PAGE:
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Photo of Professor Corinna Wagner

Professor Corinna Wagner

Associate Professor

4213

01392 724213

CV for Professor Corinna Wagner

All of my projects involve text and image, and works across disciplines and genres.

The form of much of my current work could be described as illustrated creative non-fiction or illustrated autotheory, some of the elements of which can be seen on this website. I am, for instance, completing a photobook, Blue Ruin, which combines digital, traditional and alternative photography (including cyanotype) and writing about ruins, ruin-making, the exploration of ruins, and notions of property and trespass. A body of images titled Tourism and a photo essay on ruins and 'CoronaGothic' in Critical Quarterly provides a taste of this work. I am completing a book of prose poetry, which also has 'blue' in the title: some of the images and first lines from Anatomy of Blue can be seen here.

Speaking of anatomy, my most recent book is on art and anatomy, a topic I have been publishing on and speaking about for some time. An article called 'Replicating Venus: Art, Anatomy, Wax Models and Automata' can be accessed here. Some of this work formed the basis for an appearance on Channel 4's Bone Detectives, which can be watched here. This interest was first sparked while researching my first book, Pathological Bodies.

Newer work is in the area of environmental humanities. A new project focuses on water, bodies, and the built and natural environment. I currently hold a Natural Environmental Research Council (NERC) grant to work with the Tide and Time Bell Project, an art initiative that concerns coastal communities and rising sea levels and centres around bells designed by artist Marcus Vergette. See this fascinating and important work here: Home - Time and Tide Bell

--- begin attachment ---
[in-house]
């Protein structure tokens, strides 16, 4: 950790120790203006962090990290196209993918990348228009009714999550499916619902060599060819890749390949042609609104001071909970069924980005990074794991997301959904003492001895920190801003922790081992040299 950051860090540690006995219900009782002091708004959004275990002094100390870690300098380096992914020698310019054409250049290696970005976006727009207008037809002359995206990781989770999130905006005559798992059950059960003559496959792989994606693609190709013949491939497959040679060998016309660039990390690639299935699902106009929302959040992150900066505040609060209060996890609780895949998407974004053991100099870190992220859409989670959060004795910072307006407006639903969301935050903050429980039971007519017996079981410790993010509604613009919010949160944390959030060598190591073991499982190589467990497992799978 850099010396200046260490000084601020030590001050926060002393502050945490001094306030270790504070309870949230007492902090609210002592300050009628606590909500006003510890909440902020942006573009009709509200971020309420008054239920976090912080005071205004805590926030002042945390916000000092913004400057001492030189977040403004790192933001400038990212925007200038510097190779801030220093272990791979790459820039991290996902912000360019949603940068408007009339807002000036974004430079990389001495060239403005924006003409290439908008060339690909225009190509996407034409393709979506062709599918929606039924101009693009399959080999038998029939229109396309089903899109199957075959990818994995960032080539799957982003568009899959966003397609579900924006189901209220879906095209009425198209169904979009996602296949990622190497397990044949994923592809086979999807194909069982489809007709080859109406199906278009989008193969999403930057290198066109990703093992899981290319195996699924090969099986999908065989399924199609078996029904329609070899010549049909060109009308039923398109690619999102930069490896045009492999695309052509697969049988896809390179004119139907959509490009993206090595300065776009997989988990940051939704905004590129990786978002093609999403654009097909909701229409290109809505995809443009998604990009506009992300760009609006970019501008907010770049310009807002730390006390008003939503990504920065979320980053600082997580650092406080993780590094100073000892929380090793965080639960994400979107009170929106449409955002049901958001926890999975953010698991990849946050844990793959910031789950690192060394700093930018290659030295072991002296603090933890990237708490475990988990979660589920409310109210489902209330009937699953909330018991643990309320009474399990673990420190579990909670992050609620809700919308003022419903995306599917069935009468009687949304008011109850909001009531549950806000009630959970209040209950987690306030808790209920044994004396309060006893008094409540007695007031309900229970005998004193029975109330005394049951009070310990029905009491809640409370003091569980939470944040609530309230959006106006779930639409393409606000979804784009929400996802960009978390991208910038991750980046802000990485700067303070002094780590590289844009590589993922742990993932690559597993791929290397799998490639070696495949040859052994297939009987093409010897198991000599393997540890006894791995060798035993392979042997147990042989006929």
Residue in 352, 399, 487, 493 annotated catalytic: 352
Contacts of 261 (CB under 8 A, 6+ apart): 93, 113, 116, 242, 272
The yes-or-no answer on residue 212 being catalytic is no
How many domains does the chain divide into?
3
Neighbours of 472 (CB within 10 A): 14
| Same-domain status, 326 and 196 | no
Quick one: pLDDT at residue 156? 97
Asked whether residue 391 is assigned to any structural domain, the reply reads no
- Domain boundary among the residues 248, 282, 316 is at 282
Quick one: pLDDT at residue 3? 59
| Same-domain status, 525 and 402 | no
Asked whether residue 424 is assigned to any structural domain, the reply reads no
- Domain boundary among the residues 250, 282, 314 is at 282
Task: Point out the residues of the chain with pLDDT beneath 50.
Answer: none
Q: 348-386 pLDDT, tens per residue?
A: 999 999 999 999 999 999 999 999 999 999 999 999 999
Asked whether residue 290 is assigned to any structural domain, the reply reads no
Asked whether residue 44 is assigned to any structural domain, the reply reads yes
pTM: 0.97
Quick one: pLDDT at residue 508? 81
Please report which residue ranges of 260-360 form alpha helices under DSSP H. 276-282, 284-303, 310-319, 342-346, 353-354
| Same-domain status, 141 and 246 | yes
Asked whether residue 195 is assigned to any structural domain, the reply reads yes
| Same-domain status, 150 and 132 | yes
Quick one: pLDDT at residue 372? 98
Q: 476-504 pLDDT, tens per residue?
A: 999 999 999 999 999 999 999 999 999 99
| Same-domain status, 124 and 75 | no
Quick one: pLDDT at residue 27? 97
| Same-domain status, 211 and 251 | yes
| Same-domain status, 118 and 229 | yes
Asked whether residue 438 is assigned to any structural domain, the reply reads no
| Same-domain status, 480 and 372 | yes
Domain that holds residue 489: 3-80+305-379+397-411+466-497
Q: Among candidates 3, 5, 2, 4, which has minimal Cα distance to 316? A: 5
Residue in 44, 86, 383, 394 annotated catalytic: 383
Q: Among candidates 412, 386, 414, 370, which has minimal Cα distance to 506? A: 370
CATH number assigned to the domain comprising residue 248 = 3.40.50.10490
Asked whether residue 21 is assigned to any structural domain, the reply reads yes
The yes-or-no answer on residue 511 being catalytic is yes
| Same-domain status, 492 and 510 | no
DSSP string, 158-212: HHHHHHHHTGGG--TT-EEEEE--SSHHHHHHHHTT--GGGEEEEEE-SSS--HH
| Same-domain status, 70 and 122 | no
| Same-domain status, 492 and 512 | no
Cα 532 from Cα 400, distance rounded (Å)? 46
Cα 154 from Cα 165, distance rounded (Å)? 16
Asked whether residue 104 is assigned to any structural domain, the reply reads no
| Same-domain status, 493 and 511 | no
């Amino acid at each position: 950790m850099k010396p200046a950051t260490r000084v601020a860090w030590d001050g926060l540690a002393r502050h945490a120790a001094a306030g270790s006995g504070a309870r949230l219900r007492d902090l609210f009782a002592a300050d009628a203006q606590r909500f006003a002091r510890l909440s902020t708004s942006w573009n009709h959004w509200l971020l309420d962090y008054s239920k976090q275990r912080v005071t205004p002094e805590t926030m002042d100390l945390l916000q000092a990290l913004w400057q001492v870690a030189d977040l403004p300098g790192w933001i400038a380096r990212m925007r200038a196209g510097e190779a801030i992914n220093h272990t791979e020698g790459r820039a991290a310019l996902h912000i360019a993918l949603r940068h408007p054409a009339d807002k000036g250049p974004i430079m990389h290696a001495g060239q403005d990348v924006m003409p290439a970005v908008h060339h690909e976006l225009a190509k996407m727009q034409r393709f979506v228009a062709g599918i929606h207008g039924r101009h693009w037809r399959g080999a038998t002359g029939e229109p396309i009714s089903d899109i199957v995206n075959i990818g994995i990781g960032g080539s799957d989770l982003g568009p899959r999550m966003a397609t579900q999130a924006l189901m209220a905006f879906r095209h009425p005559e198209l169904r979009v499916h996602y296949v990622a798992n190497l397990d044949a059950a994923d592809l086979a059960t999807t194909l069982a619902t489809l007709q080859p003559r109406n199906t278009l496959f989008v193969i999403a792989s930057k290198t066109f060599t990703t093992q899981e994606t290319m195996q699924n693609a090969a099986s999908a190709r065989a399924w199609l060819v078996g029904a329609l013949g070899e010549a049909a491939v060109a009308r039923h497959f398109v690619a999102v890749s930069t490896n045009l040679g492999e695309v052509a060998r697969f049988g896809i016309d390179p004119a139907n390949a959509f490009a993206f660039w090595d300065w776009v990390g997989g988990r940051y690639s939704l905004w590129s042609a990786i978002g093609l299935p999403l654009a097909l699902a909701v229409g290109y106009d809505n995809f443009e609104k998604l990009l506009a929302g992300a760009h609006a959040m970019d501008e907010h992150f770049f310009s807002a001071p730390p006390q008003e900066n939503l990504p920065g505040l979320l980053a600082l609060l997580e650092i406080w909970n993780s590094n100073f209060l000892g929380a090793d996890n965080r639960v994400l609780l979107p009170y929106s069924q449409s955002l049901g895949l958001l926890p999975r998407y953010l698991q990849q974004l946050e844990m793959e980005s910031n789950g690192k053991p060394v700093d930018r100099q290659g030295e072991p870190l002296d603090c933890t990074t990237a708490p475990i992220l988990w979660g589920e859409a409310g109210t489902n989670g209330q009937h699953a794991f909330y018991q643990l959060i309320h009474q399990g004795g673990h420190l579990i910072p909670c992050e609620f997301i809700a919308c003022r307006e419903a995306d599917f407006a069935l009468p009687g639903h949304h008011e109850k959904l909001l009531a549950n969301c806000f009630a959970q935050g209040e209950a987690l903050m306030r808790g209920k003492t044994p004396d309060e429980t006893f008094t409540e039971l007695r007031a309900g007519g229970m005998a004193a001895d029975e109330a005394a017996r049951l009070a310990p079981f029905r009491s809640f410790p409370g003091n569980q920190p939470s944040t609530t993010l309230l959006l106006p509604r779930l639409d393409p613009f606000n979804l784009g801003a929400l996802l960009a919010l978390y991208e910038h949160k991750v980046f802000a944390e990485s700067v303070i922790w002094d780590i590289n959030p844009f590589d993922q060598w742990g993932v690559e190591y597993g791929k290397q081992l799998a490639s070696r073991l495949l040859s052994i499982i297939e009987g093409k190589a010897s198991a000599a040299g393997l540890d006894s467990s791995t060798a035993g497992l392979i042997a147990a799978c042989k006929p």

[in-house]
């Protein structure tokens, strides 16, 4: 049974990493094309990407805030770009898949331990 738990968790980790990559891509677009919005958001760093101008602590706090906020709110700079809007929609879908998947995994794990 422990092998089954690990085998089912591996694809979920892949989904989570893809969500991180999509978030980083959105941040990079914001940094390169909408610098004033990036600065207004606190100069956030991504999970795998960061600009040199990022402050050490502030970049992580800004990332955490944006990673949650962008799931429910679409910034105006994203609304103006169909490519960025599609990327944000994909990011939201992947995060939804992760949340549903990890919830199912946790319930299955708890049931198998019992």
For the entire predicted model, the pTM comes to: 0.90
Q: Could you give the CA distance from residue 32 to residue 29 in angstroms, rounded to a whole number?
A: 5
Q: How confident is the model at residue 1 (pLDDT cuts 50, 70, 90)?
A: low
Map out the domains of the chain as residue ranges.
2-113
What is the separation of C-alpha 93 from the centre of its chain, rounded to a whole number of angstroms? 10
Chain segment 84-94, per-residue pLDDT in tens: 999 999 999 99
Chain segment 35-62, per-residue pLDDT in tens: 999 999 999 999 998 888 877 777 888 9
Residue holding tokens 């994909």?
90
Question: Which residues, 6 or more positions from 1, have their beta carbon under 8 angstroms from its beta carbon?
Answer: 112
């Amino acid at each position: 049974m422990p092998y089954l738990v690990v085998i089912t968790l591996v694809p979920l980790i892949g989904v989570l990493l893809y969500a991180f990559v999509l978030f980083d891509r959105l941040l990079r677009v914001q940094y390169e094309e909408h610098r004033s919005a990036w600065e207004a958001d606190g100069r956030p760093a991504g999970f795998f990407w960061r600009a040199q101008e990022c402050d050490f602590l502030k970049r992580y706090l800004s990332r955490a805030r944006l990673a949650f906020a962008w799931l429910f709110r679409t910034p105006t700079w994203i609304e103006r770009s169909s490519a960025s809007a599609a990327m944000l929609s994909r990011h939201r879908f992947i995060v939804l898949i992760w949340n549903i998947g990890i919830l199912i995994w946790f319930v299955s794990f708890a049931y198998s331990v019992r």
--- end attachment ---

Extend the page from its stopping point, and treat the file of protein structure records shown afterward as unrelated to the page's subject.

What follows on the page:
Research interests

My research interests are:

  • Photography, the history of architectural, documentary and medical photography
  • Creative writing and fine art; cross-genre writing, including the 'short-short' form, prose poetry, creative non-fiction, photobooks
  • Ruins and ruin lust; urban design
  • The body; art and anatomy; medicine and the arts
  • Water, the environment and the anthropocene
  • Victorian literature, art and culture, the gothic 
  • History of art and architecture from the eighteenth century to the present day
  • Uses of the past and Victorian medievalism
  • Body studies and critical theory, especially Michel Foucault; theories of visuality; affect theory; autotheory; blue humanities

 

My published and upcoming books on these subjects are (see CV for book chapters, articles, essays and further creative pieces):

  • Blue Ruin (photo book, autotheory and creative non-fiction) (2021)
  • Anatomy of Blue (prose poetry) (2021)
  • Coastal Bodies: New Water Cultures (2022)
  • Sadism: A Metaphor for Modern Times (2023)
  • Transparent Bodies: Art and Anatomy (2021)
  • The Oxford Handbook to Victorian Medievalism (2020)
  • A Body of Work: An Anthology of Poetry and Medicine (with Andy Brown, Bloomsbury, 2015).
  • Art & Soul: Victorians and the Gothic (with Joanne Parker, 2014)
  • Gothic Evolutions: Poetry, Tales, Context, Theory (2014)
  • Pathological Bodies: Medicine and Political Culture (2013)

 

Research collaborations

I am involved with a number of collaborations with scholars, writers, artists, and curators, in China (Shanghai, Beijing, Hong Kong), Australia (Melbourne), and India (Delhi) and America (Florida, California).  

I have a number of relationships with artists, curators, writers and scientists working in the area of environmental humanities. A Natural Environmental Research Council (NERC) grant supports my work with the Tide and Time Bell Project, an art initiative that concerns coastal communities and rising sea levels. See this fascinating and important work, and learn more about the artist Marcus Vergette and members of the team here: Home - Time and Tide Bell

 

 

 

Research supervision

I am more than happy to work with PhD candidates who work in visual culture, photography, and art history, from the 18th to the 20th centuries, medical humanities and body studies, gothic literature and Victorian medievalism, Romanticism, Victorian culture, environmentalism and blue humanities, the natural and the built environment, and ruins and 'ruin porn'. I encourage candidates, too, who are interested in working across genres and disciplines.  

 

Research students

Current PhD students: